Off the Field and into the Boardroom- What I’ve Learned from Pro Athletes
What did it take to win gold in Sochi; find the mental strength to sink a 20 foot putt on the 18th at Augusta to win the Masters; or contribute to one of only four teams to battle through immense pressure, at such a young age, to reach the Final Four during March Madness?
I’ve had the good fortune of meeting and working with several high-profile athletes during my career in sports marketing. Growing up a golf kid, the highlight was probably my interactions with Mike Weir and Fred Couples during my tenure at IMG, but I won’t focus solely on golf since being objective is key in the business of sports and sponsorship marketing.
Through the last 14 years, my experience working around some of the biggest professional athletes in the world, across all genres of sports, has allowed me to appreciate both why and how these athletes found success. I’ve been very fortunate to not only observe professional athletes from a closer perspective than the average sports fan, but to ask them specific questions that I’ve used as a guidepost throughout my career. If success leaves tracks, here are the top five footprints that you can borrow as you navigate along your own personal journey – whether it’s just beginning or you are well on your way.
Stay on Top of Your Game
The business of sports, sponsorship sales in particular, is not a sprint, but more of a marathon. In fact, it’s more like a world cup circuit. Think motorsports, whereby, the driver’s ultimate goal is to capture the most points throughout the year to earn the coveted mark of World Champion and etch their place in history (i.e. just because you win the Indianapolis 500, doesn’t mean you’re the best). Win the Indy and five other races that year, or back-to-back World Championships, well, that’s a whole different story.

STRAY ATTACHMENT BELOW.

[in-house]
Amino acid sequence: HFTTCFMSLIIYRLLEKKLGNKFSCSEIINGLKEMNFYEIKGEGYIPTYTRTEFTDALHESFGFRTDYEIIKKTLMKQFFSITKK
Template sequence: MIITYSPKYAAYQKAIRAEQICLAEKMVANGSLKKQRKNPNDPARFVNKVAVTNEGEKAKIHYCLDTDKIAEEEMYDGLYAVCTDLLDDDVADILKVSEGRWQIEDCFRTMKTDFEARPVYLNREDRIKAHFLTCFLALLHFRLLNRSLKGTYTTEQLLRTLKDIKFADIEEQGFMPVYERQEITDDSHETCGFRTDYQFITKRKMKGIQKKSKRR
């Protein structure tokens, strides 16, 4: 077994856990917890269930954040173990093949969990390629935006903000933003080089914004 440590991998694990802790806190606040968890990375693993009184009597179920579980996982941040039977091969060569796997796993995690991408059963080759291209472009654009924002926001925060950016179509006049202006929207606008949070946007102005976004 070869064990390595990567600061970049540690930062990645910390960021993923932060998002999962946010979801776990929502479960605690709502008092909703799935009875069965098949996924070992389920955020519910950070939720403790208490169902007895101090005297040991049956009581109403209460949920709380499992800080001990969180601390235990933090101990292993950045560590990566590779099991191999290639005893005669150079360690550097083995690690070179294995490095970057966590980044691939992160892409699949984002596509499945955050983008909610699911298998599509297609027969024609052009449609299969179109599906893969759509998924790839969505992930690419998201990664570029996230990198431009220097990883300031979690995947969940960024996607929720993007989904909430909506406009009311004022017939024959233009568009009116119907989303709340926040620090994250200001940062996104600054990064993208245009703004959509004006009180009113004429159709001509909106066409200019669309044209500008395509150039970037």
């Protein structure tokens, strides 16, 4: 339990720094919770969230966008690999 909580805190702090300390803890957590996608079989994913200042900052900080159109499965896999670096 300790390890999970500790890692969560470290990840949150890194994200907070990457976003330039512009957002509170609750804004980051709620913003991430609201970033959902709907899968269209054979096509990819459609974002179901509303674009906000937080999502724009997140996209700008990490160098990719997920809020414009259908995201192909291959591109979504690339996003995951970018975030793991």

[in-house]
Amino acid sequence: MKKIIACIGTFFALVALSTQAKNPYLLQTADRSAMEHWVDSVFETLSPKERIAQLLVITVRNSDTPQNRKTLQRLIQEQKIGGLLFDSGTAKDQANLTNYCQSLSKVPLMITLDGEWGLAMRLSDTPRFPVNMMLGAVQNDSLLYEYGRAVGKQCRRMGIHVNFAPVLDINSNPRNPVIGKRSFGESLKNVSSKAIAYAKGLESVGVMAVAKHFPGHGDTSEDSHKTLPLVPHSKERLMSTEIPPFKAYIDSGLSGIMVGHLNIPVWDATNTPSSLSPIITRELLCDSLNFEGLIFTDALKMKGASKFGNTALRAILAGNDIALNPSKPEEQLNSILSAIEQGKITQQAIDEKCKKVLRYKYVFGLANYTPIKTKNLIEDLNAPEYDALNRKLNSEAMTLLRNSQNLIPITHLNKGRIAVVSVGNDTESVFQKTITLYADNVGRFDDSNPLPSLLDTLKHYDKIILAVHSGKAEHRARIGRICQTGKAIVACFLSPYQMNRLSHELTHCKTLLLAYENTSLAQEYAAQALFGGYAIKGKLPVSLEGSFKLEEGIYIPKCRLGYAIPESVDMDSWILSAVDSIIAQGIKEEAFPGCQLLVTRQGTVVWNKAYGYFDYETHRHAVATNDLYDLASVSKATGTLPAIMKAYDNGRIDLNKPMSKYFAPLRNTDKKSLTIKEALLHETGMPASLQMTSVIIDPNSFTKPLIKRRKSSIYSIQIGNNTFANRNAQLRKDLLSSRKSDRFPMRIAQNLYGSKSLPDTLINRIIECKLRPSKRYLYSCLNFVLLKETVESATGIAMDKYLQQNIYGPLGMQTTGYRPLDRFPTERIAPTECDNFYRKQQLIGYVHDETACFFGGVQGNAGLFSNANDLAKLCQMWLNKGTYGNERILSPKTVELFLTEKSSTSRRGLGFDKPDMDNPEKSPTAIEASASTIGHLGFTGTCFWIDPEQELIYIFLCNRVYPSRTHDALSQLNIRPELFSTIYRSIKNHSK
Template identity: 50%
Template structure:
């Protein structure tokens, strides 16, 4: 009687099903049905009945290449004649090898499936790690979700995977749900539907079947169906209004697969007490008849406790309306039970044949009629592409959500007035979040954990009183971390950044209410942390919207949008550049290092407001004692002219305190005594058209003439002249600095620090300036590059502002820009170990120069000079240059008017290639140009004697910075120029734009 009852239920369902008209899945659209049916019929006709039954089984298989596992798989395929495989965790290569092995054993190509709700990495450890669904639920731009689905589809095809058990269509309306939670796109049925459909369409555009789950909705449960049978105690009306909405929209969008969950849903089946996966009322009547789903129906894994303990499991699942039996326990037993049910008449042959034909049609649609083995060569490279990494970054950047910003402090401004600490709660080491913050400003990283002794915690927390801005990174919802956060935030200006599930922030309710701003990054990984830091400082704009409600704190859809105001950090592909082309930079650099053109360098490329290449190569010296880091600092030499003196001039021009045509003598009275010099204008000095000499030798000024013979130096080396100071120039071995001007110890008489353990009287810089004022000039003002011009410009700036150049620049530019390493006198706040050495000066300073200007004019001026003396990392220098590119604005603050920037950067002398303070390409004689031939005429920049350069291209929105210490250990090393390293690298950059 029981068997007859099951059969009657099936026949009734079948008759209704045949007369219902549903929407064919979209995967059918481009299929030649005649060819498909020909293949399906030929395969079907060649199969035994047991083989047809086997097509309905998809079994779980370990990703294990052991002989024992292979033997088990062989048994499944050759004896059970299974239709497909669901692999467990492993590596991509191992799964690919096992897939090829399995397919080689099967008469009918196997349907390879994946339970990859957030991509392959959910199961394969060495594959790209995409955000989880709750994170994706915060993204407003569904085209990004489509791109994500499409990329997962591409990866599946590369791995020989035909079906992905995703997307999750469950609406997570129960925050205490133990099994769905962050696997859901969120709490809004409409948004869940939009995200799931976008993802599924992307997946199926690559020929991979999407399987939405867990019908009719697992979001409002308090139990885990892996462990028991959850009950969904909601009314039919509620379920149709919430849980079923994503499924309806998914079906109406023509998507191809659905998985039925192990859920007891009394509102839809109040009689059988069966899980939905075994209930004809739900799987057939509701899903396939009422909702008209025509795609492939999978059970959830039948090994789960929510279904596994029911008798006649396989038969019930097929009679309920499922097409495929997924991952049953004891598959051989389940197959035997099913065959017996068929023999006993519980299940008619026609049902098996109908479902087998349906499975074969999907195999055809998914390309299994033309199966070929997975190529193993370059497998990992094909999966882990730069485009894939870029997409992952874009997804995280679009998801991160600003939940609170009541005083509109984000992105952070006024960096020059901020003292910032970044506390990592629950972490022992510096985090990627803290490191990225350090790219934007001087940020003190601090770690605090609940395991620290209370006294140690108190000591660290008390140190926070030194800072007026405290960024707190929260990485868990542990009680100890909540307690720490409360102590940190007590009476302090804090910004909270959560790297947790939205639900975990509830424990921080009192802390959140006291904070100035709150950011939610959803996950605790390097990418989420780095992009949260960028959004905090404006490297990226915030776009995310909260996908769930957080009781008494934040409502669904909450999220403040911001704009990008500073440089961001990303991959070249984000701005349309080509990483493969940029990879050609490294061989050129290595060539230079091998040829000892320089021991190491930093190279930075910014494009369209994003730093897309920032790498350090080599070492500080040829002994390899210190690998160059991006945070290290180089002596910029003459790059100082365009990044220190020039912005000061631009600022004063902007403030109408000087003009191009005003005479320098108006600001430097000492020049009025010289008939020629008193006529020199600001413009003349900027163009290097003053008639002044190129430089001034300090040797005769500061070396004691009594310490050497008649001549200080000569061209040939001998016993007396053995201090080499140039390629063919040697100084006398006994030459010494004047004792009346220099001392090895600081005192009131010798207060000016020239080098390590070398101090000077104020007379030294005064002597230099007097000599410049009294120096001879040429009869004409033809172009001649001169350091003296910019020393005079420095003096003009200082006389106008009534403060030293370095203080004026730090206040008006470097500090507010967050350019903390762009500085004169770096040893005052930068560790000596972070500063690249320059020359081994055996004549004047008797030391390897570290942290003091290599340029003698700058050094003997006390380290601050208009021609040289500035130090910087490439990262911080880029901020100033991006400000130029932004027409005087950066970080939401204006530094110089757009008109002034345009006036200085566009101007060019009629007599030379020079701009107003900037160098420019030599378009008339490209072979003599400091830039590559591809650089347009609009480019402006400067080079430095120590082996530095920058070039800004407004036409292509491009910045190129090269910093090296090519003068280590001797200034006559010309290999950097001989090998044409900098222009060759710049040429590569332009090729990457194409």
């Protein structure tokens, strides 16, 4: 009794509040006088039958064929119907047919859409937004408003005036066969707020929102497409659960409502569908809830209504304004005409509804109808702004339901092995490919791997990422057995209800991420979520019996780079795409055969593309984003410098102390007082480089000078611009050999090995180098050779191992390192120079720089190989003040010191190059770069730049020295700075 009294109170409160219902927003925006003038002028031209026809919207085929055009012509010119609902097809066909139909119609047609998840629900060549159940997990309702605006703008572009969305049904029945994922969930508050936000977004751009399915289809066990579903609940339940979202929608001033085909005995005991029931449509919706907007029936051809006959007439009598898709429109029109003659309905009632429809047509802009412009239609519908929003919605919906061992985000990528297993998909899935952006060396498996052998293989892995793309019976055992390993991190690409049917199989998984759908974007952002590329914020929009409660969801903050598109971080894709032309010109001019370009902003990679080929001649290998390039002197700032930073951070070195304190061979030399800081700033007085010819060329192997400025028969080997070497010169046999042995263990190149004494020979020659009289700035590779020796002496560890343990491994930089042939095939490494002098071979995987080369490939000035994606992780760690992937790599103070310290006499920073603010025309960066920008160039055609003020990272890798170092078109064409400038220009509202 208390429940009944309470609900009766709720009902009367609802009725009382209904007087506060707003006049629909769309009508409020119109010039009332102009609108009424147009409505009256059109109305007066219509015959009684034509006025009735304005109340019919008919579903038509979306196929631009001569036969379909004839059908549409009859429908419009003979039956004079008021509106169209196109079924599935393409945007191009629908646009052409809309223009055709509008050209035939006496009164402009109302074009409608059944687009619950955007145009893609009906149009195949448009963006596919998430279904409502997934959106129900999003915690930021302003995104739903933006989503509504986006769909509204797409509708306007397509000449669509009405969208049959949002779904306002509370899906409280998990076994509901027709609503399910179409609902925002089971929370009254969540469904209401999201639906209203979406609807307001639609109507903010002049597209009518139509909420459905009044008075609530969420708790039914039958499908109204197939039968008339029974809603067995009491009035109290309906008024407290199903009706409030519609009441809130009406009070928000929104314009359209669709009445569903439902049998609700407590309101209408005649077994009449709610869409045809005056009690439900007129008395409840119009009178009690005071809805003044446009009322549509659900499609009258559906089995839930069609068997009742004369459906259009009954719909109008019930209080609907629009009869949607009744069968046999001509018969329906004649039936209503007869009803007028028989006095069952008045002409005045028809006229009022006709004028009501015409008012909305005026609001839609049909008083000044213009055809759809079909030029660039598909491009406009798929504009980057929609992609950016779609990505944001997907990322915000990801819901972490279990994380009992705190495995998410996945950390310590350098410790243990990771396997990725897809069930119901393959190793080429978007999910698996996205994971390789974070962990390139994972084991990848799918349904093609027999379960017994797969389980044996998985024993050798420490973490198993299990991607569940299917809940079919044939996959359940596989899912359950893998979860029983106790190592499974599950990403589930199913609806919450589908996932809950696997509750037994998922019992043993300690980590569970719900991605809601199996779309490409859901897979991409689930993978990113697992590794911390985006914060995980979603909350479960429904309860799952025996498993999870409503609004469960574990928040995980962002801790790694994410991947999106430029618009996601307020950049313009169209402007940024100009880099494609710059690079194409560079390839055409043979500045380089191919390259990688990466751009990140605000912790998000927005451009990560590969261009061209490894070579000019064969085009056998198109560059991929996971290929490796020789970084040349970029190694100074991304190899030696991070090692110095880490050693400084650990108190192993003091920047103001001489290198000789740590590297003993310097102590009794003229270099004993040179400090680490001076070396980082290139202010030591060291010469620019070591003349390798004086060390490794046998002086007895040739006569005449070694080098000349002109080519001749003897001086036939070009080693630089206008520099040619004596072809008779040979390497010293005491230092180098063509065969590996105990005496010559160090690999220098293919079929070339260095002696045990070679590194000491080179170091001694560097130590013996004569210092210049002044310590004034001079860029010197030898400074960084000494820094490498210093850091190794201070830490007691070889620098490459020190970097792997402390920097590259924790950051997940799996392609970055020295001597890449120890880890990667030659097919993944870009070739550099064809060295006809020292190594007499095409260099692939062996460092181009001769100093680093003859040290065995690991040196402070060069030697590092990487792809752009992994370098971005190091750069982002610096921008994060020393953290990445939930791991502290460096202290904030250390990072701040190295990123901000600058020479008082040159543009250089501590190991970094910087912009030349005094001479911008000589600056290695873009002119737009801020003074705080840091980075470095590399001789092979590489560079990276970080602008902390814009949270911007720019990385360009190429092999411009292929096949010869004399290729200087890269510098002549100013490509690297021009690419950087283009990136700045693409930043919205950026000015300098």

Let’s say you’ve been building partnerships at a particular property or agency for a number of years producing great results and winning activations (perhaps an SMCC award here and there). You’ve consistently been the top performer, but you haven’t landed that big whale – the big new title sponsor that captures all the attention both internally and externally. What if the new recruit makes a cold call in her second week on the job and strikes gold? Does this mean she’s the new world champion of sponsorship or you’re anything less? Perhaps down the road she’ll challenge you, but it’s the unique and rare ability to demonstrate consistent wins and performance that set the best from the rest.
On the flip side, just because you close a new deal, does not mean it’s time to relax. Instead, it’s time to ramp things up. You’ve got momentum and confidence on your side. Harness that positive energy and use it to your advantage. This is what builds a career and not a one hit wonder.
It used to drive me crazy when people asked “hey Mazereeuw, sell anything today?” because most of the time they don’t fully appreciate or understand the complexity of selling sponsorship. However, if you keep holding onto the one or two deals you did last year and have nothing else in the pipeline, the clock will keep on ticking and your position at the top will fade. Do you think Michael Jordan wanted to stop after his first championship; how about Tiger Woods after winning his first Masters back in ‘97 by 12 strokes or Sidney Crosby after hoisting his first Stanley Cup in Detroit? What about the Canadian men on Sochi’s Gold medal hockey team who won back in Vancouver – did they stay idle or hit the gas?
Attitude is Everything